The free-to-use neurodiversity awareness infinity symbol designed by the Australian sociologist and autism activist Judy Singer who also coined the term neurodiverse in 1998. Whenever we wear it or use it we are also celebrating Judy.
Dr Henry Bond
I am neurodivergent. I am an autistic person. Autism or ASD is not an illness. Autism can be described as one of several neurological styles or types of brain "wiring" that people have. Some other styles include ADHD and Dyslexic. People who are neurodivergent often call the neurological style of the majority neurotypical or NT for short. You can read the internationally agreed ICD-11 definition of Autism Spectrum Disorder here. ICD tends to take what is called a medical "deficit view" of autism. Some of the claims made in the diagnostic criteria in ICD are absurdly misleading and actually grossly offensive to people on the spectrum. Apart from the language and orientation of deficit the ICD definition was of course written mainly if not solely by NTs. So ICD is evidence that NTs often do seek to progress a belief that NT is normal and other neurological styles are "illnesses" afterall the acronym ICD stands for International Classification of Diseases. So this idea that ASD is a disease or an illness is found everywhere that neurodiversity awareness and autism awareness has not yet been established. And that is a lot of places and a lot of people. So the task of educating and informing is both pressing and a matter of empowerment for those with ASD. We rely on each other and Equality Diversity and Inclusion professionals - EDI - on getting the message of neurodiversity out. It is taking time but things are getting better. To call the rise to prominence of EDI as "woke" (used as a derogatory term) is offensive and prejudiced.
On that note autism awareness begins with access to accurate and reliable information such as this excellent workbook. As the WHO autism factsheet clarifies there is no scientific evidence of any link between any vaccine and autism and to make such a claim is misguided and irresponsible. There is no medical agreement about what causes a person's brain to develop as an ASD brain. It is not really massively important as a question either. No more than it is important to determine what "caused" a person to be gay or lesbian. It is likely that in the case of ASD it is a number of factors including genetic heritability. Autistic people make up around 1% or 2% of the population. Some put it higher at around 4%. The fact is that it is very difficult to get a definitive figure on ASD numbers as a percentage because many do not wait to be handed their diagnosis as made by NT doctors in an NT-centered medical system and so prefer to self-diagnose in the context of advice-guidance and insights from others with ASD. Therefore there is no central database from which to draw an accurate number. The point is the number makes those with ASD a minority. People with ASD are protected from discrimination in the UK under the Equality Act and the Autism Act. The Equality Act is the law which requires employers and many others to determine and put in place at their own expense "reasonable adjustments" in order to ensure that a person with autism is not substantially or materially disadvantaged when doing their job or accessing services. A belief that allistic people are superior to those on the spectrum is a type of prejudice called ableism.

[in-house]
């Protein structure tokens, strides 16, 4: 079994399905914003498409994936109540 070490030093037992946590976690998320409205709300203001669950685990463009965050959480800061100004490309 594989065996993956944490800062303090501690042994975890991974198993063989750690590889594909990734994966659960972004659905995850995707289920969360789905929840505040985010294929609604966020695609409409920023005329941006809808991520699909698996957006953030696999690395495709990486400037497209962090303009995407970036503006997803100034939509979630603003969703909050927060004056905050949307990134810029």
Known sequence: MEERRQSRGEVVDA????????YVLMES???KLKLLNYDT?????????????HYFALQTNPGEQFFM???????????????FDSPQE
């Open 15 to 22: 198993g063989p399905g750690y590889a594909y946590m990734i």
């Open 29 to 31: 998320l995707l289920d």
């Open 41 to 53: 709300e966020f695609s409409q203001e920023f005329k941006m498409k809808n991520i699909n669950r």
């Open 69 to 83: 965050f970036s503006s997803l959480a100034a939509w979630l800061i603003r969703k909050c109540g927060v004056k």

A big part of the ASD neurological picture is challenges with sensory processing. Both hyper- (very high) and hypo- (very low) sensitivity to things. These slides on sensory processing in autism are very helpful. This guide prepared for police officers is also valuable more generally. This factsheet from the NAS about meltdowns is very clear. Autistic masking happens when a person on the spectrum expends energy and effort trying to hide and disguise their authentic personality in order to attempt to better fit in with the dominant neurotypical world. Following books by autism advocates such as Hannah Belcher and Sedgewick et al. masking is increasingly being understood as behaviour that is harmful. Masking impacts quality of life and can have serious consequences for both mental and physical health. Here is a very good short article about masking. This video by the NHS is good if you prefer to just watch something.
If you or your organization would like to learn more about ASD and neurodiversity you can contact me and I would be glad to discuss neurodiversity consultation options that I offer. If you are looking at getting an insight into the needs and challenges of those on the spectrum in an NT-dominant world it makes a lot of sense to have someone on the spectrum involved in the decisions being made. I have recently been involved with Tate Modern in discussions and planning of their Quiet Room provision and my input was described using terms including "bold" "valuable" "thoughtful" and "insightful".
Henry Bond 2023